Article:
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2 areas of highway will have lower speeds to reduce car crashes

The Ministry of Transportation has lowered the speed limit in two areas where the speed limit was increased two years ago. Although the lower speeds may be considered an annoyance for drivers, it could save lives.

The Ministry of Transportation has found that 14 of the areas where highway speeds were increased have also experienced an increase in motor vehicle crashes -- an 11 per cent increase to be exact. Nevertheless, officials do not believe that increasing the speed limit in all of these areas was a mistake. It is just in two areas where they do feel it is necessary to rollback speeds.

For the other areas of highway, they plan to implement additional engineering strategies and initiatives to lower the crash rate. Those changes could include better signs and variable speed areas in parts that experience congestion.

On Highway 1, from Cache Creek to Hope, the speed limit will go back to 90 km/h instead of its previous 100 km/h. Furthermore, on Highway 5A, from Merritt to Princeton, the speed will lower back to 80 km/h from its previous 90 km/h.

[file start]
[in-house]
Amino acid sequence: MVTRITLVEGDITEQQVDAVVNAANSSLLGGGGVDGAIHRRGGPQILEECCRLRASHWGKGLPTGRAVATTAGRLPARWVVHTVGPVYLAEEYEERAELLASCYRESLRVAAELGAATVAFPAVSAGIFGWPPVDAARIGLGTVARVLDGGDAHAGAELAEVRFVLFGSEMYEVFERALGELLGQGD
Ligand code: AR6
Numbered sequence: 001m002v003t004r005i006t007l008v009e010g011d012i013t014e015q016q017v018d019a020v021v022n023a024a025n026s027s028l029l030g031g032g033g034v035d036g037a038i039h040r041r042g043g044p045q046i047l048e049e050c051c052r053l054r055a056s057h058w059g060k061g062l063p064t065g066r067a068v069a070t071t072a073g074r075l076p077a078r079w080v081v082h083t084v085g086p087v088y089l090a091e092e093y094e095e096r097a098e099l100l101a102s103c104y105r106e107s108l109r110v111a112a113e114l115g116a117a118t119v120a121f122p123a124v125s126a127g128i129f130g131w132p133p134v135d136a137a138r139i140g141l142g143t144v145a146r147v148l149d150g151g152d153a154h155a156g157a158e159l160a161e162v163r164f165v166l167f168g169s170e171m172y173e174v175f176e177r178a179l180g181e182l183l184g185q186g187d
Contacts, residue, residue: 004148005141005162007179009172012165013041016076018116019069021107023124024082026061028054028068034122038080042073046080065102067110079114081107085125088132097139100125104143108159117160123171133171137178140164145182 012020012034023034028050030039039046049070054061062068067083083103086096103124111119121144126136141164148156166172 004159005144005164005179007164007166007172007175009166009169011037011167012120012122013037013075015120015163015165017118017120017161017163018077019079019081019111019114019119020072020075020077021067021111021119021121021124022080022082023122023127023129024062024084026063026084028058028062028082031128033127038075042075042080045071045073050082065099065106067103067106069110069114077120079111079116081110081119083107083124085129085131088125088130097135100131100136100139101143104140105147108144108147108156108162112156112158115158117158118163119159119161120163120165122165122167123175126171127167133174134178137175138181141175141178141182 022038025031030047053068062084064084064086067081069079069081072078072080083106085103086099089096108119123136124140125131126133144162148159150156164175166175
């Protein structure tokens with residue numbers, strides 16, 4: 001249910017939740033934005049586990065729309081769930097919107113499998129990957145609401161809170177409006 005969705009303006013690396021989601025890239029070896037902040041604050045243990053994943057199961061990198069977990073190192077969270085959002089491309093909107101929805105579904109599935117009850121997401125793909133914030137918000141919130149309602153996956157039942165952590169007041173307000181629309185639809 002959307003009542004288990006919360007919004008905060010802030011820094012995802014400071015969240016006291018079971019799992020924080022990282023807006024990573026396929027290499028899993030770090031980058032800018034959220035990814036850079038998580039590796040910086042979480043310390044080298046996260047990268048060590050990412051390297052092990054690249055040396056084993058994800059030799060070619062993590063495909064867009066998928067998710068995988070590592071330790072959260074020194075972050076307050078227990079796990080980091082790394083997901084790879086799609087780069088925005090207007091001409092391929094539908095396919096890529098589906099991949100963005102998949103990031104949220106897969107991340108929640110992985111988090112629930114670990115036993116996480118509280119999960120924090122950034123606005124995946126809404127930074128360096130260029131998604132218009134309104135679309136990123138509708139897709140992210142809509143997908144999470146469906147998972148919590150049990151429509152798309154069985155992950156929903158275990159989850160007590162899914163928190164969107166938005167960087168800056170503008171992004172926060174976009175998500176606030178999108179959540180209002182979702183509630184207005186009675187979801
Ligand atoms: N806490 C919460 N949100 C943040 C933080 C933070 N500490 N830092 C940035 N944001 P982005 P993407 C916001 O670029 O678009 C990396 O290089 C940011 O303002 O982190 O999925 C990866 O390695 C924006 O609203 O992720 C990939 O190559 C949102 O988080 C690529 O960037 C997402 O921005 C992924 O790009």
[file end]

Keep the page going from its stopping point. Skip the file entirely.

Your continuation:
Although many drivers enjoy having higher speeds on the roadway, studies show that increasing speed limits will increase the rate of fatal collisions and injuries. Indeed, a speed of just 5 km/h more means that drivers will have less time to react to and avoid potential accident scenarios. Also, if a collision happens, the g-forces involved will be stronger, vehicle damage will increase and injuries will also be more severe as a consequence.

British Columbia drivers and passengers hurt by drivers who fail to follow speed limit laws can seek financial compensation in court for their injuries. Although no amount of litigation will ever right the wrong of being hurt by someone else's negligence, a lawsuit could be a way to recover money to pay for medical care, disability, pain and suffering, and other damages.

Source: CBC News, "Province lowers speed limits on 2 highways after 11% jump in serious collisions," Meera Bains and Liam Britten, June 28, 2016

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